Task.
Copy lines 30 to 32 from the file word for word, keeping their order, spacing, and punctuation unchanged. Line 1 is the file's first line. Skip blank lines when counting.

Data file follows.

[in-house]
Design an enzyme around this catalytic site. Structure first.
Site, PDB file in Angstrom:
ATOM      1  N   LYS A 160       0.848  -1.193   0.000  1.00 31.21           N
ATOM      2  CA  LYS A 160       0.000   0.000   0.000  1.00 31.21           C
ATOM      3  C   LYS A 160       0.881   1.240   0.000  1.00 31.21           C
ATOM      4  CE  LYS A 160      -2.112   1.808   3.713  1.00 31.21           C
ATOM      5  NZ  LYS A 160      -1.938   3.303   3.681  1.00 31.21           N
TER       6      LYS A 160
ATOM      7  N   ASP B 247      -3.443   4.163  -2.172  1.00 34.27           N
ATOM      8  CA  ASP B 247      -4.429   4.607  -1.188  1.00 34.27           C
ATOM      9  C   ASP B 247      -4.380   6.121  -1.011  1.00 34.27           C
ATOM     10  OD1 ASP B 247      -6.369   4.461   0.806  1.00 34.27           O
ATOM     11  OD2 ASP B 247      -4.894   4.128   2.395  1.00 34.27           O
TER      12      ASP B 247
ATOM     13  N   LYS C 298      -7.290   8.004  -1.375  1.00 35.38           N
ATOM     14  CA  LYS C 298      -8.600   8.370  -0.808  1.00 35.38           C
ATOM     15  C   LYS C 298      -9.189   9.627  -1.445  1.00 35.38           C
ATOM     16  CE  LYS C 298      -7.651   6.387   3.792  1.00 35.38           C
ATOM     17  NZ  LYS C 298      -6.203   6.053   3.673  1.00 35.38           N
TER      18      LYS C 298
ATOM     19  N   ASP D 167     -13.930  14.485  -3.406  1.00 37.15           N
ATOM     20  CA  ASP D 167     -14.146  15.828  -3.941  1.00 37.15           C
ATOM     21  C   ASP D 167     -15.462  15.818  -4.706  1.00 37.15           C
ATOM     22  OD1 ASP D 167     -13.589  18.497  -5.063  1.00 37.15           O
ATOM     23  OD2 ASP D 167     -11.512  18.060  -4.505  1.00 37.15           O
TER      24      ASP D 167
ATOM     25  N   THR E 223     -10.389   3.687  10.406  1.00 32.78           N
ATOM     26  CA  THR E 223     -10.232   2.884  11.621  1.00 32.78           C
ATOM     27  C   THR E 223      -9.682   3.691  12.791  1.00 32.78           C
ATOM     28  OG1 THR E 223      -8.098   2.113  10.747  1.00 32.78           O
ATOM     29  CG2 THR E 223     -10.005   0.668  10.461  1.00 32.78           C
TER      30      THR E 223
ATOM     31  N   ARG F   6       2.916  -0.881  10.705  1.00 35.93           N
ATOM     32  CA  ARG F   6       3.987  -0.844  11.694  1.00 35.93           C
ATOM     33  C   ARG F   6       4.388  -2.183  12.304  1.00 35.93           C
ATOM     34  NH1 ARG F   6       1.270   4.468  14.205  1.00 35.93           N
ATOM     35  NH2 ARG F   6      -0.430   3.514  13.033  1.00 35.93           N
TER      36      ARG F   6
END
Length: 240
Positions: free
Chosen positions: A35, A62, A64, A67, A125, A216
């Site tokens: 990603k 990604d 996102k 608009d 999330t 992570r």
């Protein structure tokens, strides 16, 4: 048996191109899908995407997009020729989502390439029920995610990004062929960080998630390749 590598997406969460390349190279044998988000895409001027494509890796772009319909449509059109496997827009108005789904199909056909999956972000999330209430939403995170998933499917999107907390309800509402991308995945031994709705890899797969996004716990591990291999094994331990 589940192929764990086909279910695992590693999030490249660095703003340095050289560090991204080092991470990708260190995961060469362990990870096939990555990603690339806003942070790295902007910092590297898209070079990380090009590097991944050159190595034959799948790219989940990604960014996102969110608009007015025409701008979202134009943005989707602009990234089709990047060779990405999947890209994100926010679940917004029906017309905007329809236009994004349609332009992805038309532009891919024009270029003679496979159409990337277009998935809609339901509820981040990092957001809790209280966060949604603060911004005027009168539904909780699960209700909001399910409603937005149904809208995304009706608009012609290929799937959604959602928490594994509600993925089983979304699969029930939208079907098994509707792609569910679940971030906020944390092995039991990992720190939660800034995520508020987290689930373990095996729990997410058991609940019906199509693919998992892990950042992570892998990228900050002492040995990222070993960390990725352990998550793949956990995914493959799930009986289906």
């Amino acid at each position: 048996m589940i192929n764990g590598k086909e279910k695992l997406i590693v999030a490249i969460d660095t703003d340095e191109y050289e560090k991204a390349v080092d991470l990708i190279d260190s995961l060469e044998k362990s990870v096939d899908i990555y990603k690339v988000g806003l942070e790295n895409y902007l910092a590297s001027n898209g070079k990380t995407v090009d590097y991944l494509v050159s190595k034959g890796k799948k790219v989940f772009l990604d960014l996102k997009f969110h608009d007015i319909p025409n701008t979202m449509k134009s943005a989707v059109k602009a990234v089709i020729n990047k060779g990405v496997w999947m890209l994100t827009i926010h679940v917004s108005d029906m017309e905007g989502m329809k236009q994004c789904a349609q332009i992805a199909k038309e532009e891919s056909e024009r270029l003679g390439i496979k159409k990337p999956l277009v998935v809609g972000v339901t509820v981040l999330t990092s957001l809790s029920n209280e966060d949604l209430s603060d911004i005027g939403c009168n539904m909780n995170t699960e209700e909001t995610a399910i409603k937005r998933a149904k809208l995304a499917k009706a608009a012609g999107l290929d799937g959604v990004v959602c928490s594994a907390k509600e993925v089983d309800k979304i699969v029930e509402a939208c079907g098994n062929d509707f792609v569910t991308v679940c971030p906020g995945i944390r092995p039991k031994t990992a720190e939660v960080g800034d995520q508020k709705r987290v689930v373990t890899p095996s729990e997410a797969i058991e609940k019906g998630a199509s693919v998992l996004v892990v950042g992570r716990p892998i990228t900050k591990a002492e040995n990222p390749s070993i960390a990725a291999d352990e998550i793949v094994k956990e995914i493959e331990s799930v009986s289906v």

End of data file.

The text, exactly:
ATOM     27  C   THR E 223      -9.682   3.691  12.791  1.00 32.78           C
ATOM     28  OG1 THR E 223      -8.098   2.113  10.747  1.00 32.78           O
ATOM     29  CG2 THR E 223     -10.005   0.668  10.461  1.00 32.78           C